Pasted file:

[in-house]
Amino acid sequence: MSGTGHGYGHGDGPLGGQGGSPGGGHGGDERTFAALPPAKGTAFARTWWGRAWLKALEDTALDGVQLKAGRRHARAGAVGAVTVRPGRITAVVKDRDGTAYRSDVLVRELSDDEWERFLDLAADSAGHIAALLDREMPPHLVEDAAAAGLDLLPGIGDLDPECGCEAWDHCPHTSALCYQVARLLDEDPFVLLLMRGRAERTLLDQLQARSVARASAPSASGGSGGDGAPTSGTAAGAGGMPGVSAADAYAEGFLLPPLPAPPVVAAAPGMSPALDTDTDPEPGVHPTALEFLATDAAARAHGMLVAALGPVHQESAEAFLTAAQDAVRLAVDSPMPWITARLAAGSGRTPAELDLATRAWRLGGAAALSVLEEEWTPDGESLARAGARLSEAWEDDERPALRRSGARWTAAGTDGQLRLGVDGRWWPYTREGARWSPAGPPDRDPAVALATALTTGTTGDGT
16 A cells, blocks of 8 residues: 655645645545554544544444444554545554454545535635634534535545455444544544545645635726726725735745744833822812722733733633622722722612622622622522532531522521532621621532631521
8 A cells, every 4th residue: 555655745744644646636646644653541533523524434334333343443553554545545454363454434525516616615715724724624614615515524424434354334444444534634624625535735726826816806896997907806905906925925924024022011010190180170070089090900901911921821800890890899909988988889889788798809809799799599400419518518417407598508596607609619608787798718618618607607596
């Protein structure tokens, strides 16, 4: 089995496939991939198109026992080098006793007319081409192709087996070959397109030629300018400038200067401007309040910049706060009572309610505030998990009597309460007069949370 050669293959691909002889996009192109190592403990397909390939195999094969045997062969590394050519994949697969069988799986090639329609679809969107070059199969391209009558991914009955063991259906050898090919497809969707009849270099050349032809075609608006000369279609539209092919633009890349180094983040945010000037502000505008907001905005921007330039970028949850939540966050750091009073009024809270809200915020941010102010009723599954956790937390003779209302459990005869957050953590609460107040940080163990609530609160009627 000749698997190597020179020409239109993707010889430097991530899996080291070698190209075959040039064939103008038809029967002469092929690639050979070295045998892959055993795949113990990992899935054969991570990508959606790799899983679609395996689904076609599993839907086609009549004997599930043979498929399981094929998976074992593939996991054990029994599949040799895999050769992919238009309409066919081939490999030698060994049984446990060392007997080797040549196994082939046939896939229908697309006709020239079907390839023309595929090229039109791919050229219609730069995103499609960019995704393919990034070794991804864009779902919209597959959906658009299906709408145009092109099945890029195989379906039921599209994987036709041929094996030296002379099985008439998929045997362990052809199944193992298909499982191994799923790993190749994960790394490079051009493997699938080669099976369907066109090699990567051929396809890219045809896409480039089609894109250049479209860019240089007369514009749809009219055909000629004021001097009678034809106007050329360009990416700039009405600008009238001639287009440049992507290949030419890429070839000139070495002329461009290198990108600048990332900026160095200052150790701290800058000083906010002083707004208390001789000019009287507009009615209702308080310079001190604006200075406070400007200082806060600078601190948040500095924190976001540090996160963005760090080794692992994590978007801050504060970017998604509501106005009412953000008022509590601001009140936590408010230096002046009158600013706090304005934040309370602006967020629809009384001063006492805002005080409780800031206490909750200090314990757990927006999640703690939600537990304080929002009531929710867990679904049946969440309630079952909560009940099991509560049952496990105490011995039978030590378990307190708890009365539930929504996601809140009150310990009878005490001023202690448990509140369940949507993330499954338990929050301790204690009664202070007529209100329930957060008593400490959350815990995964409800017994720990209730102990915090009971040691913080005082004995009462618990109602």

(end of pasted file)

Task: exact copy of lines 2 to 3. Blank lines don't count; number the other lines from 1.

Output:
Amino acid sequence: MSGTGHGYGHGDGPLGGQGGSPGGGHGGDERTFAALPPAKGTAFARTWWGRAWLKALEDTALDGVQLKAGRRHARAGAVGAVTVRPGRITAVVKDRDGTAYRSDVLVRELSDDEWERFLDLAADSAGHIAALLDREMPPHLVEDAAAAGLDLLPGIGDLDPECGCEAWDHCPHTSALCYQVARLLDEDPFVLLLMRGRAERTLLDQLQARSVARASAPSASGGSGGDGAPTSGTAAGAGGMPGVSAADAYAEGFLLPPLPAPPVVAAAPGMSPALDTDTDPEPGVHPTALEFLATDAAARAHGMLVAALGPVHQESAEAFLTAAQDAVRLAVDSPMPWITARLAAGSGRTPAELDLATRAWRLGGAAALSVLEEEWTPDGESLARAGARLSEAWEDDERPALRRSGARWTAAGTDGQLRLGVDGRWWPYTREGARWSPAGPPDRDPAVALATALTTGTTGDGT
16 A cells, blocks of 8 residues: 655645645545554544544444444554545554454545535635634534535545455444544544545645635726726725735745744833822812722733733633622722722612622622622522532531522521532621621532631521